• [The resolution] “calls for a common culture of remembrance that rejects the crimes of fascist, Stalinist, and other totalitarian and authoritarian regimes of the past as a way of fostering resilience against modern threats to democracy, particularly among the younger generation [..]” (point 10.)

  • [The resolution] “Points out that in light of their accession to the EU and NATO, the countries of Eastern and Central European (sic) have not only returned to the European family of free democratic countries, but also demonstrated success, with the EU’s assistance, in reform and socio-economic development […]” (point 14.)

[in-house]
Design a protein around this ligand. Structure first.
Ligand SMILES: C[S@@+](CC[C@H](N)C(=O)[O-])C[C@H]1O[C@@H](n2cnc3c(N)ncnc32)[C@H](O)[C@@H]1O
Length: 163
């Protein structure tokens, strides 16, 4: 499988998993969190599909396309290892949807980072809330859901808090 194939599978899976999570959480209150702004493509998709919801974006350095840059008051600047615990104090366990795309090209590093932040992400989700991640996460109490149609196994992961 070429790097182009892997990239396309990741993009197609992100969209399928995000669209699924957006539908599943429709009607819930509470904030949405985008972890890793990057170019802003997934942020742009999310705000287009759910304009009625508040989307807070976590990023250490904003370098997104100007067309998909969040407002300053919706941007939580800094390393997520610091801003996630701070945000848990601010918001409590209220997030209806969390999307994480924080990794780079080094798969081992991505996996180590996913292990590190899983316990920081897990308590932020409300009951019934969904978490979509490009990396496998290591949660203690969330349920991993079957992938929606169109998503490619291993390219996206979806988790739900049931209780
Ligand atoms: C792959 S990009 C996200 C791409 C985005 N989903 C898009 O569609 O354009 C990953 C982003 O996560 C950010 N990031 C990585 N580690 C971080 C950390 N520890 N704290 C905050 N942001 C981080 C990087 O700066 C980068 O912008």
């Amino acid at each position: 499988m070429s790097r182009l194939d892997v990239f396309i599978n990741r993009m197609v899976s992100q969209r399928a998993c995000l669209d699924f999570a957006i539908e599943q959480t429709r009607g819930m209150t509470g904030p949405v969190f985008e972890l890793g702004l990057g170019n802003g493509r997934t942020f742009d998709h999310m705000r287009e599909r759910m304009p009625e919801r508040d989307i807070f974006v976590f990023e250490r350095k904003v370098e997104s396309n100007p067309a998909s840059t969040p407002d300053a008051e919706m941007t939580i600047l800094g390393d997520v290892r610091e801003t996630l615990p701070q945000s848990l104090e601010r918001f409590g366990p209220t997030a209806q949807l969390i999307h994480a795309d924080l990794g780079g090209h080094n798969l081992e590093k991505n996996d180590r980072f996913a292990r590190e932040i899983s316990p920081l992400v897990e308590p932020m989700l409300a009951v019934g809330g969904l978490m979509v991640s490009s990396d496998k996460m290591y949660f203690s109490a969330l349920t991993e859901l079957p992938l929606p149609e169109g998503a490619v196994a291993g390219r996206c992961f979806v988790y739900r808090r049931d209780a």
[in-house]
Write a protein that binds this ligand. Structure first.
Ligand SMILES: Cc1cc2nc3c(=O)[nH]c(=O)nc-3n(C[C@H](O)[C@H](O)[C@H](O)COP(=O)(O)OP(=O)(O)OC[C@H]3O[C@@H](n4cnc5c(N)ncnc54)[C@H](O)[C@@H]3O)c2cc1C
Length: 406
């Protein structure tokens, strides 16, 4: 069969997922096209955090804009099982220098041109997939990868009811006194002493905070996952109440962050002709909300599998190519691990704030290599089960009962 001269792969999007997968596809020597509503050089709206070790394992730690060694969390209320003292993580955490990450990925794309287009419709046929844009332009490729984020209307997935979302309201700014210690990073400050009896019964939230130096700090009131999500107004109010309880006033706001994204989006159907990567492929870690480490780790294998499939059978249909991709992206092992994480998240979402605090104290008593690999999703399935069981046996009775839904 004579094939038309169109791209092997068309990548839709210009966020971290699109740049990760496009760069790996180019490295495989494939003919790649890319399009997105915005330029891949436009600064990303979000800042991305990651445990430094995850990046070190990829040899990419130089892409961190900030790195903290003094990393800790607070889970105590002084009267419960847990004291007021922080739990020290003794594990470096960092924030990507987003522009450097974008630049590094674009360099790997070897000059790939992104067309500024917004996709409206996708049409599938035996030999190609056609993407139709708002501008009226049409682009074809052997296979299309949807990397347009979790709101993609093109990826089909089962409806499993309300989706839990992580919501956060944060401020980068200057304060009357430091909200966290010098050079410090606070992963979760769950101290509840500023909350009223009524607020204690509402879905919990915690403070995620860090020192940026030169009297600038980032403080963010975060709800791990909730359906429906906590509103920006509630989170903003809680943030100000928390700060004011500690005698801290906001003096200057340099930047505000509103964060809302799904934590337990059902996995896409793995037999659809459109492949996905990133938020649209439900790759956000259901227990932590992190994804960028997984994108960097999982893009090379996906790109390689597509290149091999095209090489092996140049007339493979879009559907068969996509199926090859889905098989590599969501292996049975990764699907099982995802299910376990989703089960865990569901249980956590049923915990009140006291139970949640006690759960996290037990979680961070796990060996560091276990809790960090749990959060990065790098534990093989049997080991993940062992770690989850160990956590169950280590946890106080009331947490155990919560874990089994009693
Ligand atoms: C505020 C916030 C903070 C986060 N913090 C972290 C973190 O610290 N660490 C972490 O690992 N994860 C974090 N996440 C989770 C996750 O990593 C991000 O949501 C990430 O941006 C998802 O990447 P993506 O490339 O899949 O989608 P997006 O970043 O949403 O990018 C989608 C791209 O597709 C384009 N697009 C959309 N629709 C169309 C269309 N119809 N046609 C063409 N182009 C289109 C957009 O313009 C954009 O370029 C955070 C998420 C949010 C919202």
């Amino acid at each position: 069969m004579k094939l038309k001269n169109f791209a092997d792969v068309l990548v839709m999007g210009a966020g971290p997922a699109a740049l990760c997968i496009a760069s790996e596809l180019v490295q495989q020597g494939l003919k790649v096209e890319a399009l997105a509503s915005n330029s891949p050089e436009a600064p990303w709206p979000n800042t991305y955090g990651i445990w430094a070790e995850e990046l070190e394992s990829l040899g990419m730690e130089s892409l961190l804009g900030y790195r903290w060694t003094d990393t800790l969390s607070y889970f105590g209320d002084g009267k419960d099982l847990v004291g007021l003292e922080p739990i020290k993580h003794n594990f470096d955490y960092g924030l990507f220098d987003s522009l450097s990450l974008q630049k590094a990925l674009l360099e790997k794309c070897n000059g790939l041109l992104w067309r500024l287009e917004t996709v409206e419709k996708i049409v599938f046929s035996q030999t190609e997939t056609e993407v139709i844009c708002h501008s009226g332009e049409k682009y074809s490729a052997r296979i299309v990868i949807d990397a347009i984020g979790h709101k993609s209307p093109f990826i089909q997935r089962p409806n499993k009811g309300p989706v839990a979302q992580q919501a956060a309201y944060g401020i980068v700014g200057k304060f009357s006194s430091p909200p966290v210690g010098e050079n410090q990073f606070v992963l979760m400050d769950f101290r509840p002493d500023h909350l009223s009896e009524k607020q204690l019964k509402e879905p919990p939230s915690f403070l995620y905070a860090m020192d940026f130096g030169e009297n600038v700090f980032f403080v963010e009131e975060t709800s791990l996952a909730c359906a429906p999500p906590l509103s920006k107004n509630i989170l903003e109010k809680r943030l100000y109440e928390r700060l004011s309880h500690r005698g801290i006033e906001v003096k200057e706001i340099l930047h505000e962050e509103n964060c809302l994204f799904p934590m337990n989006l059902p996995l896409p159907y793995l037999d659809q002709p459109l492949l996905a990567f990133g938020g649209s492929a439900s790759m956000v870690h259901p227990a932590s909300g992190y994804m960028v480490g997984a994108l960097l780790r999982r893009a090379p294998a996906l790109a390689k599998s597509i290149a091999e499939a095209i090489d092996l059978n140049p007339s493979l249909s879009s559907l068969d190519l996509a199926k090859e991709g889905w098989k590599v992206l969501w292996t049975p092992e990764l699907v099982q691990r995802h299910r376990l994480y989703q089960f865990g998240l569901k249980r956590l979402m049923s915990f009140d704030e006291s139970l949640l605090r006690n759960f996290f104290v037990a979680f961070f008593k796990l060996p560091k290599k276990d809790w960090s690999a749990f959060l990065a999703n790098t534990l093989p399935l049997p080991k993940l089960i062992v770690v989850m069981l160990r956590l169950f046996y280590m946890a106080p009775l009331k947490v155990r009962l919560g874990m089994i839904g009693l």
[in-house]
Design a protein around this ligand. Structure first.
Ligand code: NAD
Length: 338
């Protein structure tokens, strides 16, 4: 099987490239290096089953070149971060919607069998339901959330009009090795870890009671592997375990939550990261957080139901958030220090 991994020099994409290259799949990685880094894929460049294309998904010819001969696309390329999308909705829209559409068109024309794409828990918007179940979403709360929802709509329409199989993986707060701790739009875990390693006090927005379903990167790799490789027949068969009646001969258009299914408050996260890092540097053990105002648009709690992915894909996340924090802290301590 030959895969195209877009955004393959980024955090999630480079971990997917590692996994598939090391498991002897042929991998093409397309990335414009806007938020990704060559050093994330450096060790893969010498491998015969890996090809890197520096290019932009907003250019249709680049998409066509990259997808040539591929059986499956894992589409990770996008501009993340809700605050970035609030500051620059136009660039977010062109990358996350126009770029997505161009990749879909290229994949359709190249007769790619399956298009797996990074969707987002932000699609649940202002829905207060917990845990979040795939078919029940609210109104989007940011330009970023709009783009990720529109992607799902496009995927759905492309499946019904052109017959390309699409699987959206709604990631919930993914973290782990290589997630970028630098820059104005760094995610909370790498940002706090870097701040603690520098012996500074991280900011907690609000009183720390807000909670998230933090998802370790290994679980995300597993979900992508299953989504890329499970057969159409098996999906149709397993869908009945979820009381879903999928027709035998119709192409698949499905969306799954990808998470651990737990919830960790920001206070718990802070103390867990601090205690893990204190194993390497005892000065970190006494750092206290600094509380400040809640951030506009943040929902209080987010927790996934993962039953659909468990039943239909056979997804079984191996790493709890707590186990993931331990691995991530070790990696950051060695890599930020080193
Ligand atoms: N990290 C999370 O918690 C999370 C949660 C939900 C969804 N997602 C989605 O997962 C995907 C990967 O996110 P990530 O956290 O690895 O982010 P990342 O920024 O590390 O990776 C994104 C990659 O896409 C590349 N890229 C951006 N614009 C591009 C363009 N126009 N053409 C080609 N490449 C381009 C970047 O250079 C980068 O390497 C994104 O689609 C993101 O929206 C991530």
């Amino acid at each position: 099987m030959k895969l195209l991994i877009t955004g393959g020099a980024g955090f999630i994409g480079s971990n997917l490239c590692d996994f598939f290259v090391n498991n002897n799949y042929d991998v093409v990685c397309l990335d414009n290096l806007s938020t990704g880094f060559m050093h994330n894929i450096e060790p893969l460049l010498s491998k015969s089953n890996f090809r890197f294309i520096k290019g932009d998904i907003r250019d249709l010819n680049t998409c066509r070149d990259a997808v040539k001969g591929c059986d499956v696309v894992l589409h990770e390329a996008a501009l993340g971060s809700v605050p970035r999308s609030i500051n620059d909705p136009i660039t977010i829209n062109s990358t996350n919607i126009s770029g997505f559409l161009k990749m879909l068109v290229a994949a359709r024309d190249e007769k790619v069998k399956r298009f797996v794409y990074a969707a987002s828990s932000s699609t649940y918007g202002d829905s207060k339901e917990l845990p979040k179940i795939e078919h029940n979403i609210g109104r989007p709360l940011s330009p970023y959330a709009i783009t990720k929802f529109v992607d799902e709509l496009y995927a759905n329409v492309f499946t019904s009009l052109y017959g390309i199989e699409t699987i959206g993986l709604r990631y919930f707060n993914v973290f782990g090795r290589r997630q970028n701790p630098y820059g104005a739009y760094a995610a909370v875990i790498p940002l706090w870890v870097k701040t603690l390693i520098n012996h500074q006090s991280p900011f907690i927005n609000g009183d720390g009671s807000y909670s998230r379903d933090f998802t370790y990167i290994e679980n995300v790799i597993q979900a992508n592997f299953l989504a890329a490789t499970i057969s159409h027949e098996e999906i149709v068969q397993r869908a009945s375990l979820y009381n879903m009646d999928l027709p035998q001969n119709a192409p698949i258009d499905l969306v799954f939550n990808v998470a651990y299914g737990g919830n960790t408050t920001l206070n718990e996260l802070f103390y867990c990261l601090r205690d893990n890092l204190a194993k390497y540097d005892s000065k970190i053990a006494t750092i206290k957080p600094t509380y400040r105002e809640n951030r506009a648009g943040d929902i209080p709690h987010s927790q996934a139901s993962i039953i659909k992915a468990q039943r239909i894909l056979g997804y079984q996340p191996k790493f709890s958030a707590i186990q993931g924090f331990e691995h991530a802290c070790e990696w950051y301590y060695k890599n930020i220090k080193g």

World War II did not start as the immediate result of the Nazi-Soviet Treaty:

We reject with all our communist indignation these provocative accusations which exonerates world capitalism of any direct responsibility in the outbreak of the Second World War.  The Second World War has not been “the immediate result of the notorious Nazi-Soviet Treaty on (sic) Non-Aggression of 23 August 1939”. Previous to that, there had been the Anti-Comintern Pact between Japan and Germany on 25 November 1936, a pact later joined by Spain and Italy, that called itself publicly and proudly “fascist and anti-Communist”. There had also been the Munich Agreement signed on 30 September 1938 between Germany, Britain, France and Italy; it forced Czechoslovakia to surrender the Sudetenlands to Nazi Germany, as the latter was already known as ‘the Third Reich’. On the same day of 1938, the Anglo-German agreement signed by Chamberlain and Hitler inaugurated the ‘appeasement policy’ of the so-called democratic capitalist countries towards Hitler.